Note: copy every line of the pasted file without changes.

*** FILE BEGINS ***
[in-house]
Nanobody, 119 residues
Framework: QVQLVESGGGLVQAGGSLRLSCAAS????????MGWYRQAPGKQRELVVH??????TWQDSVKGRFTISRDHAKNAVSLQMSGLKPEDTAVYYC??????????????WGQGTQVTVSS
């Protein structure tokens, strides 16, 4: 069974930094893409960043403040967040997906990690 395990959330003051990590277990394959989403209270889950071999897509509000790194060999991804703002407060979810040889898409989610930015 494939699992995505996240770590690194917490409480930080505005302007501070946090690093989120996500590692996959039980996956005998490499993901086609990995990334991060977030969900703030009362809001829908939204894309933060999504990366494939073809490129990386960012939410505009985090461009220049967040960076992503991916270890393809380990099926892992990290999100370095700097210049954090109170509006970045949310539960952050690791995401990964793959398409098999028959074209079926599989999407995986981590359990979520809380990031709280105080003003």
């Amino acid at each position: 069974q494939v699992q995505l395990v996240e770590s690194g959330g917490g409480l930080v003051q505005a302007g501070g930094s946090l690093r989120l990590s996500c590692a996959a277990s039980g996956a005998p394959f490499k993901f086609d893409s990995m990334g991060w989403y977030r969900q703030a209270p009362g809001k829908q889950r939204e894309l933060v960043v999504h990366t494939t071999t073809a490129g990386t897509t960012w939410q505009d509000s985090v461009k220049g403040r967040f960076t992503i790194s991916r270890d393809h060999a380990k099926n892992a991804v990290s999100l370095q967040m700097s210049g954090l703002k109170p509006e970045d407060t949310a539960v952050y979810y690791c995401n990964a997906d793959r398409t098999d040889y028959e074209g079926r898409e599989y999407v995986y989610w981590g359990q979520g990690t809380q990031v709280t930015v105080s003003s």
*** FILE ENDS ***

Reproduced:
[in-house]
Nanobody, 119 residues
Framework: QVQLVESGGGLVQAGGSLRLSCAAS????????MGWYRQAPGKQRELVVH??????TWQDSVKGRFTISRDHAKNAVSLQMSGLKPEDTAVYYC??????????????WGQGTQVTVSS
């Protein structure tokens, strides 16, 4: 069974930094893409960043403040967040997906990690 395990959330003051990590277990394959989403209270889950071999897509509000790194060999991804703002407060979810040889898409989610930015 494939699992995505996240770590690194917490409480930080505005302007501070946090690093989120996500590692996959039980996956005998490499993901086609990995990334991060977030969900703030009362809001829908939204894309933060999504990366494939073809490129990386960012939410505009985090461009220049967040960076992503991916270890393809380990099926892992990290999100370095700097210049954090109170509006970045949310539960952050690791995401990964793959398409098999028959074209079926599989999407995986981590359990979520809380990031709280105080003003």
């Amino acid at each position: 069974q494939v699992q995505l395990v996240e770590s690194g959330g917490g409480l930080v003051q505005a302007g501070g930094s946090l690093r989120l990590s996500c590692a996959a277990s039980g996956a005998p394959f490499k993901f086609d893409s990995m990334g991060w989403y977030r969900q703030a209270p009362g809001k829908q889950r939204e894309l933060v960043v999504h990366t494939t071999t073809a490129g990386t897509t960012w939410q505009d509000s985090v461009k220049g403040r967040f960076t992503i790194s991916r270890d393809h060999a380990k099926n892992a991804v990290s999100l370095q967040m700097s210049g954090l703002k109170p509006e970045d407060t949310a539960v952050y979810y690791c995401n990964a997906d793959r398409t098999d040889y028959e074209g079926r898409e599989y999407v995986y989610w981590g359990q979520g990690t809380q990031v709280t930015v105080s003003s």